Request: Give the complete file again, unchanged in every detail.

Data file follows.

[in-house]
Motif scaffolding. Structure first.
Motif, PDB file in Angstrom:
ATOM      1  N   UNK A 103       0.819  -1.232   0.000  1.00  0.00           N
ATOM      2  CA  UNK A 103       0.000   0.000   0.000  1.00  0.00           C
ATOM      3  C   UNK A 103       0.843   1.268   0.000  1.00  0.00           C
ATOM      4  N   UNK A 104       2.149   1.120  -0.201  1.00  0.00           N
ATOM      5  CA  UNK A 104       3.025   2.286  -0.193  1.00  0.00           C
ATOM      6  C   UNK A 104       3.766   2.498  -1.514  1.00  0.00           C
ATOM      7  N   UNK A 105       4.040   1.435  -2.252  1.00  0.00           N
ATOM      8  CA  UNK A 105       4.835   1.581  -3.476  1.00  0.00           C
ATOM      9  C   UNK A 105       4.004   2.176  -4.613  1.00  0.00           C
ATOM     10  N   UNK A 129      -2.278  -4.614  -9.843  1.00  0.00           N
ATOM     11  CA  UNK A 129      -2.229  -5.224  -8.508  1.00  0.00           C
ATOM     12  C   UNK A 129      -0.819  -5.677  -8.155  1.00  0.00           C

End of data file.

[in-house]
Motif scaffolding. Structure first.
Motif, PDB file in Angstrom:
ATOM      1  N   UNK A 103       0.819  -1.232   0.000  1.00  0.00           N
ATOM      2  CA  UNK A 103       0.000   0.000   0.000  1.00  0.00           C
ATOM      3  C   UNK A 103       0.843   1.268   0.000  1.00  0.00           C
ATOM      4  N   UNK A 104       2.149   1.120  -0.201  1.00  0.00           N
ATOM      5  CA  UNK A 104       3.025   2.286  -0.193  1.00  0.00           C
ATOM      6  C   UNK A 104       3.766   2.498  -1.514  1.00  0.00           C
ATOM      7  N   UNK A 105       4.040   1.435  -2.252  1.00  0.00           N
ATOM      8  CA  UNK A 105       4.835   1.581  -3.476  1.00  0.00           C
ATOM      9  C   UNK A 105       4.004   2.176  -4.613  1.00  0.00           C
ATOM     10  N   UNK A 129      -2.278  -4.614  -9.843  1.00  0.00           N
ATOM     11  CA  UNK A 129      -2.229  -5.224  -8.508  1.00  0.00           C
ATOM     12  C   UNK A 129      -0.819  -5.677  -8.155  1.00  0.00           C